Brazilians consume an average of 112 pounds of sugar a year, and a documentary on the growing problem of child obesity puts the issue into a global perspective.
• A version of this post ran on the author's blog, Riogringa. The views expressed are the author's own.
The film sheds light on Brazil's child obesity epidemic, ranging from this terrifying statistic about infant soda consumption to the fact that on average, Brazilian kids spend three hours per day in school and five hours per day watching TV. The movie also looks at the fact that obesity in general is a growing problem in Brazil. It points out, for example, that Brazilians consume an average of 112 pounds of sugar a year.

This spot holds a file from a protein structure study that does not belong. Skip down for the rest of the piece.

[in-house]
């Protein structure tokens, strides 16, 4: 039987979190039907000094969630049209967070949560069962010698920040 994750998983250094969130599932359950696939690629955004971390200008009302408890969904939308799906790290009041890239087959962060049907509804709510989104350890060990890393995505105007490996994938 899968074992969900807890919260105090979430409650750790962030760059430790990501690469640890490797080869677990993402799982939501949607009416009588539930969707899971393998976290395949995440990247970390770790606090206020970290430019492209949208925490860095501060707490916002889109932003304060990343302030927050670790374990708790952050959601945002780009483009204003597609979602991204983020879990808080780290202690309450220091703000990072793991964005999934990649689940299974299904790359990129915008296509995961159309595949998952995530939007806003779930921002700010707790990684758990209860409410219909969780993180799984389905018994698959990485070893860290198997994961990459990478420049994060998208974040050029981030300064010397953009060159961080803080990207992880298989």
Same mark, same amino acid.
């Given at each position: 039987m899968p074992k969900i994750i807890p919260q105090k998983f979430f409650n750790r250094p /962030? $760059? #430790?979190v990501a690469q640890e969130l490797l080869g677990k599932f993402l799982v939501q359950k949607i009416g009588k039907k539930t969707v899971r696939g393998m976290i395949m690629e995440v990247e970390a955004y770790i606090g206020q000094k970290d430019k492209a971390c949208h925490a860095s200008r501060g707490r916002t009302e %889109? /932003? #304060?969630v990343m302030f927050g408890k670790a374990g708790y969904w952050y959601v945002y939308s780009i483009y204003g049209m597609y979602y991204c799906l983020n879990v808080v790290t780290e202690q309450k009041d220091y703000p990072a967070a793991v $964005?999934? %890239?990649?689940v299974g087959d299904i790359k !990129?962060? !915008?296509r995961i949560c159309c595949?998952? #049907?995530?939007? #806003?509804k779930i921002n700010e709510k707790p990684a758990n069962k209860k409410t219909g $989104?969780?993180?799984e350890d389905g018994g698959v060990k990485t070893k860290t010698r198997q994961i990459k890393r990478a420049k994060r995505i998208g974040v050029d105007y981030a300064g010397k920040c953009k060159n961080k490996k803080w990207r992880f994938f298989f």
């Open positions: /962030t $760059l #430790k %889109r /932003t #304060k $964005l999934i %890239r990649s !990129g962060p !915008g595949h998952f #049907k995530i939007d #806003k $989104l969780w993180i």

But perhaps what's most interesting about the movie is putting Brazil's obesity epidemic into a global perspective as a result of deepening globalization. While interviewing Brazilians across the country from all levels of the socioeconomic spectrum, the movie also includes foreign voices, including people from the United States, the United Kingdom, China, and Mexico, among others [See The Christian Science Monitor's focus on obesity in Latin America here.]. One Brazilian observer explains her perspective that a country is defined by the food it eats, and that it is not necessarily a good thing to be able to go anywhere in the world and eat the same exact thing. There's also an interesting point that applies to other large growing economies: parents sometimes send unhealthy processed food for children's school meals to show off a new ability to consume, and giving kids products they may not have had access to when they were young. [see original post for link to documentary in Portuguese.]